Going back to school should be an opportunity to take a fresh look at school schedules and how they operate, one VCE student says.
Year 12 student Bri Hines, a member of the VicSRC student executive committee, said she had enjoyed the independence and flexibility of online learning.
Students have been studying from home for quite a while and had adapted to very different ways of managing their schooling, she said.
“I definitely think this is a really good opportunity to have a general look at how schooling as a whole is.”
She said she knew it had been quite difficult for a number of people, and that it worked best with the privilege of “good internet and a supportive family”.
“[But] there have definitely been a lot of positives and a lot of things to be learnt from this experience that should definitely be applied to schools in the future.
“The whole entirely scheduled school day where you go to classes, and do your work in that time, potentially maybe is not the best way.”
Her school has been doing fewer scheduled online classes. “You can call your teacher at this point, just do your assigned work by the assigned date and that works a lot better for me.”
The return to school felt “very sudden” and there were still uncertainties, Bri said.
“There are still a lot of questions that haven’t been answered about what exams and graduation are going to look like.”
Students in Prep, Grade 1, Grade 2, VCE, VCAL and children at specialist schools are expected to return to school on May 26, followed by all other students from Years 3-10 on the June 9.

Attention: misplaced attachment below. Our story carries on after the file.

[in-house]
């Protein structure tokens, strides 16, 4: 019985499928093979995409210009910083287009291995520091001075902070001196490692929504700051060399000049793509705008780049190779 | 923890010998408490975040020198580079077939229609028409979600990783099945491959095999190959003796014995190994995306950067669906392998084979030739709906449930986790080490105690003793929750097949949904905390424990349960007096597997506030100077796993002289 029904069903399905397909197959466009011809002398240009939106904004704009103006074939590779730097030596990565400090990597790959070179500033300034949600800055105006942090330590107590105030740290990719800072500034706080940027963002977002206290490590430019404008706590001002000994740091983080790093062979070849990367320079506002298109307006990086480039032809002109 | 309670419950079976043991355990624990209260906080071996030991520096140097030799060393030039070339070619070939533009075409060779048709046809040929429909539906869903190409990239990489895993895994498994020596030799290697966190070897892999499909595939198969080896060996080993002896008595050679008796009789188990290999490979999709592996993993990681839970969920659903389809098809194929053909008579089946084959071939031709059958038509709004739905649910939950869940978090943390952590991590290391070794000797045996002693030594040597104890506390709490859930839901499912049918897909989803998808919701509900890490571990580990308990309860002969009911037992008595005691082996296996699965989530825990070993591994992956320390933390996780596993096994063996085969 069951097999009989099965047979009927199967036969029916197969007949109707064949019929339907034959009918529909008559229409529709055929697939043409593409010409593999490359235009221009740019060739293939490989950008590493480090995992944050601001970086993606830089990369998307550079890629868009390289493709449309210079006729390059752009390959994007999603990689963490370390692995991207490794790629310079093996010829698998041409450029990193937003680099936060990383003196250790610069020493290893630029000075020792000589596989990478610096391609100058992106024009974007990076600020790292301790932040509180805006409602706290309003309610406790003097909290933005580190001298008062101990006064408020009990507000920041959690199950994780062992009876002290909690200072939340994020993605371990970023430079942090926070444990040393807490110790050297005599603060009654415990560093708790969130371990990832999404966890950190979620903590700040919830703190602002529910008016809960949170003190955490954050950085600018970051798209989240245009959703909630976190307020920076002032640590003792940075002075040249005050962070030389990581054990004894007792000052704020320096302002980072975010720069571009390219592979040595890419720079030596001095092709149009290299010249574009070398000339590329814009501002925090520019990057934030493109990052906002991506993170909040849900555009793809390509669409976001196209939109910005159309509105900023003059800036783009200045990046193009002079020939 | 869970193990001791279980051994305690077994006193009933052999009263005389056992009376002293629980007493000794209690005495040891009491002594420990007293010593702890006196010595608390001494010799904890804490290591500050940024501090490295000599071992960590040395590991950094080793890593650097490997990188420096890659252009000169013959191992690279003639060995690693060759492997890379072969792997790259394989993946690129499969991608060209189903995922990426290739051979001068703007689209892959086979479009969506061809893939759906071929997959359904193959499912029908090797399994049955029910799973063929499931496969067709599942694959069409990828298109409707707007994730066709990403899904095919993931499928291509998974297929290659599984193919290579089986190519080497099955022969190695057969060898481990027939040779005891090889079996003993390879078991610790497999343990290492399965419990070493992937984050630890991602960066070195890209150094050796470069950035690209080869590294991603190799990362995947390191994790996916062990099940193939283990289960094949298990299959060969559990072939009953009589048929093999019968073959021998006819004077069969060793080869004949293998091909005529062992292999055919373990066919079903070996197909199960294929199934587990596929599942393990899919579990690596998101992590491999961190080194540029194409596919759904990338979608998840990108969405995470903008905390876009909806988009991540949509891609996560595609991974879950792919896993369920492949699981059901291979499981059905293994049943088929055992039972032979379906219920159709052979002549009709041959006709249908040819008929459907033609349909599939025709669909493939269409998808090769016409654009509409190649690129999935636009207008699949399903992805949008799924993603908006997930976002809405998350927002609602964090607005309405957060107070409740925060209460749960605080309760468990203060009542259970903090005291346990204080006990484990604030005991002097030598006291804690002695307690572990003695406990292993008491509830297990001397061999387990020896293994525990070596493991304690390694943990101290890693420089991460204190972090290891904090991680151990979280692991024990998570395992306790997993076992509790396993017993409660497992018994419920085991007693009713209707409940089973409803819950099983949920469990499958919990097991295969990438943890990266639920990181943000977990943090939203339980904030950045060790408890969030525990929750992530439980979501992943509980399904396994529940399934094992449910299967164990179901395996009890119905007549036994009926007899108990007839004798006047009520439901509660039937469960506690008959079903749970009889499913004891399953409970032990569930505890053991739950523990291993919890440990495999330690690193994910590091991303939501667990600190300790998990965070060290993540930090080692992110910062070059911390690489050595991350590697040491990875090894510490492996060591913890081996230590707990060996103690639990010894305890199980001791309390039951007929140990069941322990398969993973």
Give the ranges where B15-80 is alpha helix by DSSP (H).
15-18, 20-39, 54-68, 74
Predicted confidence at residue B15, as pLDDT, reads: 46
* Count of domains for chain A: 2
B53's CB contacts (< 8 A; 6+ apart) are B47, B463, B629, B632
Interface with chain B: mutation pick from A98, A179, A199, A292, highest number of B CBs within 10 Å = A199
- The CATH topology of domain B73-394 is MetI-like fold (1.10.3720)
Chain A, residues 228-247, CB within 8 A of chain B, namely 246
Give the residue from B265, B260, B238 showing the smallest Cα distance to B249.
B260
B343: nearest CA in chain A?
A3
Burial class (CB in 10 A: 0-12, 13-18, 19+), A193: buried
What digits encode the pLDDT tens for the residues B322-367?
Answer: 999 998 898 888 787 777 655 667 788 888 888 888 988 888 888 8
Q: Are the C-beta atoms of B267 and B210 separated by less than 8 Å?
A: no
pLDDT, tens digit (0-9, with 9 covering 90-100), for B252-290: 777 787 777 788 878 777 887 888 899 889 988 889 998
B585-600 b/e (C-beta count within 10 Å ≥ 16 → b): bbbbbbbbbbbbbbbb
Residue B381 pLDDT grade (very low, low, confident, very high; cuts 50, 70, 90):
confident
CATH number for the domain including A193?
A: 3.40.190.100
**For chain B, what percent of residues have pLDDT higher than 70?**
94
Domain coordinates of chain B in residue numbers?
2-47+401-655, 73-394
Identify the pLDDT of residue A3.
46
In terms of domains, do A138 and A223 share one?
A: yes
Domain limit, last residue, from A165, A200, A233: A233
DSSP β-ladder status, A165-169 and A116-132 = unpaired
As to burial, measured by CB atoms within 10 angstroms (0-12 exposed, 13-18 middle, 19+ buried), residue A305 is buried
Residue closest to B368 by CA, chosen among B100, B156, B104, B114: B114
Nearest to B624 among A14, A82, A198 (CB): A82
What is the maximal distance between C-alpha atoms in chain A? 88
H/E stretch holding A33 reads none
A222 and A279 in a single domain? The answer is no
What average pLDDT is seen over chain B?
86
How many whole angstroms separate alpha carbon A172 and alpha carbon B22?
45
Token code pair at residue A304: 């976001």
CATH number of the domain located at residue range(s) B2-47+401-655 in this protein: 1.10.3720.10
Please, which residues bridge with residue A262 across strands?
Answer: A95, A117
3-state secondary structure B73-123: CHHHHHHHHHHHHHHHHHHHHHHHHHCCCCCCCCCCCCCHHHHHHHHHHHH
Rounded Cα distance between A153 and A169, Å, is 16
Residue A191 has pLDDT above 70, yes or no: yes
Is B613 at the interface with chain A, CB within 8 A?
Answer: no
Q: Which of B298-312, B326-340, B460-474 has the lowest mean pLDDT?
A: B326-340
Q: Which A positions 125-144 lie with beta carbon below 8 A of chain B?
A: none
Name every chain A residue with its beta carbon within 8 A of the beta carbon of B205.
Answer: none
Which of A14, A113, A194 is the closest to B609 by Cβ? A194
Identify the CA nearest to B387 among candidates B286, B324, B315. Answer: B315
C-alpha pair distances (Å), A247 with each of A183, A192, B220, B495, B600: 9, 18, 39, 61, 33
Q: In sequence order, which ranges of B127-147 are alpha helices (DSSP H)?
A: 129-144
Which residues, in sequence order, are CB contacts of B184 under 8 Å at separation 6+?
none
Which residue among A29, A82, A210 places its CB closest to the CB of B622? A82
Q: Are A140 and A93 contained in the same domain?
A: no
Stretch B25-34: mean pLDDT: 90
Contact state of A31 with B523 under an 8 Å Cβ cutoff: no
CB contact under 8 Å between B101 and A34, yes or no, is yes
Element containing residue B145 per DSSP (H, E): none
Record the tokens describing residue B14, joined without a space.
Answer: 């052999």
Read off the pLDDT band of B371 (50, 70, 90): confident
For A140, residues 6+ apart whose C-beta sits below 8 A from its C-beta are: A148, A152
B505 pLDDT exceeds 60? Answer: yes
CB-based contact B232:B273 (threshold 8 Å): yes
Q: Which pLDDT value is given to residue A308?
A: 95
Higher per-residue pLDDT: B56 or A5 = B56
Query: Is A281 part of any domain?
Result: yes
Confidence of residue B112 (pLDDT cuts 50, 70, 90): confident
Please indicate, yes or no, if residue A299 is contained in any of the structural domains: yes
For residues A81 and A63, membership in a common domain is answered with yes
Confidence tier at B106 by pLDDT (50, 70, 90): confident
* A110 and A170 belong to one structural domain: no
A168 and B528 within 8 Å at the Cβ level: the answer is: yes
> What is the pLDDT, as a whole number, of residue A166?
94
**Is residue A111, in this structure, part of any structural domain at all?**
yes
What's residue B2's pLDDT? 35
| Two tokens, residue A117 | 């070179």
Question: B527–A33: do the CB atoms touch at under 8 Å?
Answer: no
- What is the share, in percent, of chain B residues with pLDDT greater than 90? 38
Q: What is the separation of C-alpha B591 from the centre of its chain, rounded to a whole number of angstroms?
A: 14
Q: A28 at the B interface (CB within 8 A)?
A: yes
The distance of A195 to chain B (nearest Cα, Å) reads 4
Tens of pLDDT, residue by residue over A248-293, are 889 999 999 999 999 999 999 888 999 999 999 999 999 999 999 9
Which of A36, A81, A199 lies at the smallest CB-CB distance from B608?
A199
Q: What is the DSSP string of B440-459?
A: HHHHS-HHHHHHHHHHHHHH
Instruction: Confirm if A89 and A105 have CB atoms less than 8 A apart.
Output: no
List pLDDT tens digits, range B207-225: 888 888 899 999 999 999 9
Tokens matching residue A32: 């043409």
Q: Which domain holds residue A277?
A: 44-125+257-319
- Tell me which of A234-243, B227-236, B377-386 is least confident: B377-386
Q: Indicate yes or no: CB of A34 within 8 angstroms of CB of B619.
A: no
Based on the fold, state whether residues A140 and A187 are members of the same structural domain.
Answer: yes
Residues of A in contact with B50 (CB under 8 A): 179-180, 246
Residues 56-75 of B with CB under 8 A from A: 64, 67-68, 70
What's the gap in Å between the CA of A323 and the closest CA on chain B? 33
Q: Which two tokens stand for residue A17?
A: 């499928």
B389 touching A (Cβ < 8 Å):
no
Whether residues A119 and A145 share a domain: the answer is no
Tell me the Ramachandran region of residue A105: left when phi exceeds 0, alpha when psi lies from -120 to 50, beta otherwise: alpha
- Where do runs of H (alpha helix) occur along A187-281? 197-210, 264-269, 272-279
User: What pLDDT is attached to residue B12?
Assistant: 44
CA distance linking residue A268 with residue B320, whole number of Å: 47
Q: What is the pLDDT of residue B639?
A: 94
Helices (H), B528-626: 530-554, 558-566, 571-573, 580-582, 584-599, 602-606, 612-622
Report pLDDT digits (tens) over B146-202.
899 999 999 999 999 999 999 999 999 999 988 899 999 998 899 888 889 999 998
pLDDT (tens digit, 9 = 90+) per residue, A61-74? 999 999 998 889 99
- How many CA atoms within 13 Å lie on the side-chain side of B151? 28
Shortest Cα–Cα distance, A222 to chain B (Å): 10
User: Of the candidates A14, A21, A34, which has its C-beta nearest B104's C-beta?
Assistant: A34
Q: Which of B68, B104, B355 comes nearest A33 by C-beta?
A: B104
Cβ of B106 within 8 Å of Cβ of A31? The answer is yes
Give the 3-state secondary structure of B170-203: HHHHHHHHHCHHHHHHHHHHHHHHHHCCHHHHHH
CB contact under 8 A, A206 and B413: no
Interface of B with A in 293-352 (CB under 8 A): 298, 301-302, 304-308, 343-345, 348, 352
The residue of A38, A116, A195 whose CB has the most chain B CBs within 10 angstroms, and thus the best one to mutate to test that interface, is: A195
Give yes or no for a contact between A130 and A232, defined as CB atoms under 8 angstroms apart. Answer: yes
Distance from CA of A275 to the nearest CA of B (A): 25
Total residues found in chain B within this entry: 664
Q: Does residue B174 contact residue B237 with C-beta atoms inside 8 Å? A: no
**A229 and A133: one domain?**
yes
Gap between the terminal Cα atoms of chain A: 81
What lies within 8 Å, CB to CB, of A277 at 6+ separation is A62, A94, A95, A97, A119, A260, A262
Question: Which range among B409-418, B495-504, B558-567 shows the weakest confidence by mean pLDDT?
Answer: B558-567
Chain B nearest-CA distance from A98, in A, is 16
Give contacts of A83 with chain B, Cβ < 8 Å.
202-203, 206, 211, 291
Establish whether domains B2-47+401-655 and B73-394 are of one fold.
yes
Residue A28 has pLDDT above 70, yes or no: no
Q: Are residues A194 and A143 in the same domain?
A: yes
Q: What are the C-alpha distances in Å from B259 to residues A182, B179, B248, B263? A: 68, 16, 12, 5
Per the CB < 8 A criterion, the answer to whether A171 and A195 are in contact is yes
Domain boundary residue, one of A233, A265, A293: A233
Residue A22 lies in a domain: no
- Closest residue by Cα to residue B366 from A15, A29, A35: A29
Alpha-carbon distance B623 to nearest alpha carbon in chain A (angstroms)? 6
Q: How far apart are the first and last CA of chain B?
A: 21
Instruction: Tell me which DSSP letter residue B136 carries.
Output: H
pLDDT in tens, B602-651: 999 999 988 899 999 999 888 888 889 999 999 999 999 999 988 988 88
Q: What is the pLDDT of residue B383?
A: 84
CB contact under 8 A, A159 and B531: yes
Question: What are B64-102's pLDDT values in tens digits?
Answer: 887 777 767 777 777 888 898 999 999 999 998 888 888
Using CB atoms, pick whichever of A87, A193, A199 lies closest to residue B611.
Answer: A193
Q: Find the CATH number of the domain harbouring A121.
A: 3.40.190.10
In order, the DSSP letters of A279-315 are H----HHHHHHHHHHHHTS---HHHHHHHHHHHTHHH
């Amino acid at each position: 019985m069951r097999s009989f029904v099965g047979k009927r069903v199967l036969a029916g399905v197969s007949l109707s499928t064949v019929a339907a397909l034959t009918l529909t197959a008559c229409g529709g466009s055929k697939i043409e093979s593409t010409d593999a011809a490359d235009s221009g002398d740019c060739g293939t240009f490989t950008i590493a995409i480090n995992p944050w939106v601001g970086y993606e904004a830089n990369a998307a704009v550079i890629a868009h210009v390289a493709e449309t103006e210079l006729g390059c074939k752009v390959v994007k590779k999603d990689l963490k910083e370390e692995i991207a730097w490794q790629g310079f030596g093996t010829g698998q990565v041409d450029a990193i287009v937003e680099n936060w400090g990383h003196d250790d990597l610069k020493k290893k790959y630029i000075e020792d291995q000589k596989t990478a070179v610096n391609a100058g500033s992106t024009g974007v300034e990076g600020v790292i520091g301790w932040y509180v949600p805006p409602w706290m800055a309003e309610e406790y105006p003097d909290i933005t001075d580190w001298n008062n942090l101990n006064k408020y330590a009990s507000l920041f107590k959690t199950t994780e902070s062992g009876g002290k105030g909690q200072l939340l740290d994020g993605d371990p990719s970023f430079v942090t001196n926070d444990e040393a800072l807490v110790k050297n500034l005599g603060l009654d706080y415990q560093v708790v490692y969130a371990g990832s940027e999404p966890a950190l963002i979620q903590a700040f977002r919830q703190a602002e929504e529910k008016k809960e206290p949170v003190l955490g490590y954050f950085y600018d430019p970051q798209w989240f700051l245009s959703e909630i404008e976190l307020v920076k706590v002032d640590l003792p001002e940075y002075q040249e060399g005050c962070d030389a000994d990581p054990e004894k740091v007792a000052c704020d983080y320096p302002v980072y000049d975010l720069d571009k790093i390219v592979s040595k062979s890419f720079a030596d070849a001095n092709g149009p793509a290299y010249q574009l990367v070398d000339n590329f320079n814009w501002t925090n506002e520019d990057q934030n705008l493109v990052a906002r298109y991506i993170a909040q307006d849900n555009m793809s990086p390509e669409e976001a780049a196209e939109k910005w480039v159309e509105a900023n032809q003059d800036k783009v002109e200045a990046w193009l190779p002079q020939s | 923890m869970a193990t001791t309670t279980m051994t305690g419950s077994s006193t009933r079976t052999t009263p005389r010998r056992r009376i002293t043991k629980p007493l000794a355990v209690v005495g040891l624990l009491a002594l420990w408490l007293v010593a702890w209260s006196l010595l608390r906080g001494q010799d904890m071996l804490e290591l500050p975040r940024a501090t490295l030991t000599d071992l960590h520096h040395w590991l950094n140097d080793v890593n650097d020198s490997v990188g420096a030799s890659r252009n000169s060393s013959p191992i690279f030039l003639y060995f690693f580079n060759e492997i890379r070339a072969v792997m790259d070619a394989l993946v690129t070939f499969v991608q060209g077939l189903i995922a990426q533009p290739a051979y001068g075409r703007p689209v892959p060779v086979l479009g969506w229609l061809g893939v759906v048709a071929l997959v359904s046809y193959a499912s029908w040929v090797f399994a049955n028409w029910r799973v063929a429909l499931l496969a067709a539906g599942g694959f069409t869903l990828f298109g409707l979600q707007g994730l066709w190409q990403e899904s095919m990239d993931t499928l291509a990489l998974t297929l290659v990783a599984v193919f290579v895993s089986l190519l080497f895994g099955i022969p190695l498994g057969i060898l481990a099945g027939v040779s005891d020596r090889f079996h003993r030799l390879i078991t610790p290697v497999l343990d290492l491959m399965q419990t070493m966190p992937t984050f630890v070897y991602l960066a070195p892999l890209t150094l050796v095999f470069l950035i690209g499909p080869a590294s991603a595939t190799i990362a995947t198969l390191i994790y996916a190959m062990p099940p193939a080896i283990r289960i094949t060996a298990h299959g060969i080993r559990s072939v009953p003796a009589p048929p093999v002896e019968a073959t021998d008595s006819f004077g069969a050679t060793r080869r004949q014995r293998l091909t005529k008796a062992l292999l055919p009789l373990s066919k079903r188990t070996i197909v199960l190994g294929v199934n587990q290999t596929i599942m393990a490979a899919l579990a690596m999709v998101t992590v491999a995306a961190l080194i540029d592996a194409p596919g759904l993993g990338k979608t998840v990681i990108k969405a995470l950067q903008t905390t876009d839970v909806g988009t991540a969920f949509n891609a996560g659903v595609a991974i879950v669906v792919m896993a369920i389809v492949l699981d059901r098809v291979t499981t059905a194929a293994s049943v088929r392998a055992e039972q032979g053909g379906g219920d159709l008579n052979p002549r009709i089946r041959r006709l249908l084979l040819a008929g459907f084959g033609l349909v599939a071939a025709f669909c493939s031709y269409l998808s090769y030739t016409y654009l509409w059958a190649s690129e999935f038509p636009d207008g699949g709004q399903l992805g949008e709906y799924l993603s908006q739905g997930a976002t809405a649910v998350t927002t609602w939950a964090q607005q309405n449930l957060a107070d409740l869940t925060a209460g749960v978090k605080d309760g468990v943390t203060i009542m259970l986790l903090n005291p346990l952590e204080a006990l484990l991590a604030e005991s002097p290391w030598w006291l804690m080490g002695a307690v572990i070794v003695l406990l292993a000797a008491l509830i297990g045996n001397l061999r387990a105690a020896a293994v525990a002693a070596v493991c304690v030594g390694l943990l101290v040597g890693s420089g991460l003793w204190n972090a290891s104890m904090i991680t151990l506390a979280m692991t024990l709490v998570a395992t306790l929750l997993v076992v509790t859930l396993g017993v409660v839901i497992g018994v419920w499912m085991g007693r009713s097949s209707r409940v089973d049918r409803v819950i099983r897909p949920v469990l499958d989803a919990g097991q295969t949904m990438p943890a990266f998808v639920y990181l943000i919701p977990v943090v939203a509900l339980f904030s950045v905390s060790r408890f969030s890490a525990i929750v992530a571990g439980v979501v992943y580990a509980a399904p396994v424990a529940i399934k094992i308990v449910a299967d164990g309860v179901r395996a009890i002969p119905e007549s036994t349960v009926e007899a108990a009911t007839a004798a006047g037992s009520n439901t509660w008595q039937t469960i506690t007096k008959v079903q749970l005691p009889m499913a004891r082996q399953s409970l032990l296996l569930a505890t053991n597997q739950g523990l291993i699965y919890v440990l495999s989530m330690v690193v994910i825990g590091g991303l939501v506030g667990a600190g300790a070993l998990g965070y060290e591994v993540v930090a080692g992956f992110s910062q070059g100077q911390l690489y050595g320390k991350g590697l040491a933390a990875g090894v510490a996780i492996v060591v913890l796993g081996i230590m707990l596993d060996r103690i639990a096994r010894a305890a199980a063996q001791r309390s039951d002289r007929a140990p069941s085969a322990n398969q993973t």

Parent of three school-aged children Rhyannon Elliott said she had enjoyed having her children at home.
“It has been busy and sometimes frustrating but I’m going to really miss them. I’m not looking forward to them going back at all,” Ms Elliott said.
Everyone had a cup of tea together during class breaks, they took walks as a family each morning, shared lunches and baked together, she said.
“That’s going to have to go by the wayside when we go back to school because we will be committing to school.”
Ms Elliot said she was not concerned about sending her children back to school but was concerned about public transport, which her children rely on heavily as they live 15km from school.
“What I am planning to do is drive and pick them all up,” she said.
The Victorian Government is encouraging schools to implement a staggered drop-off system to break up the number of students entering the school at one time and to ensure parents do not congregate outside the schools.
Ms Elliott said that the schools had communicated clearly about how the transition would work.
“[My] youngest child’s school has told us about start and finish times and how pick up is going to work,” she said.
“The other two schools have been really clear about who is allowed on the premises.”
Bri said that the older students especially had received a lot of support from teachers in the transition online.
“There needs to be an equal amount of support for transitioning back to school,” she said.
“The main thing that schools need to be doing is talking to students and getting their input into what should be done and what works best for them.”
Australian Education Union Victorian Branch president Meredith Peace welcomed the announcement of the return to school.
“It’s great that we now have some certainty and dates for a return to school, but we must plan that return carefully to ensure the safety of both staff and students,” Ms Peace said.
“Our kids are going to be pretty unsettled when they return to school, they’ve been away from school for a long time,” she said.
“Parents need to understand it is going to be challenging for a while, it won’t look like normal, but I’m sure we’ll get there ultimately.”
All Victorian school staff will be prioritised for voluntary COVID testing for the next two weeks and once they return to school, they will be required to practice social distancing.
The State Government will invest up to $45 million for schools to be cleaned daily during both terms two and three.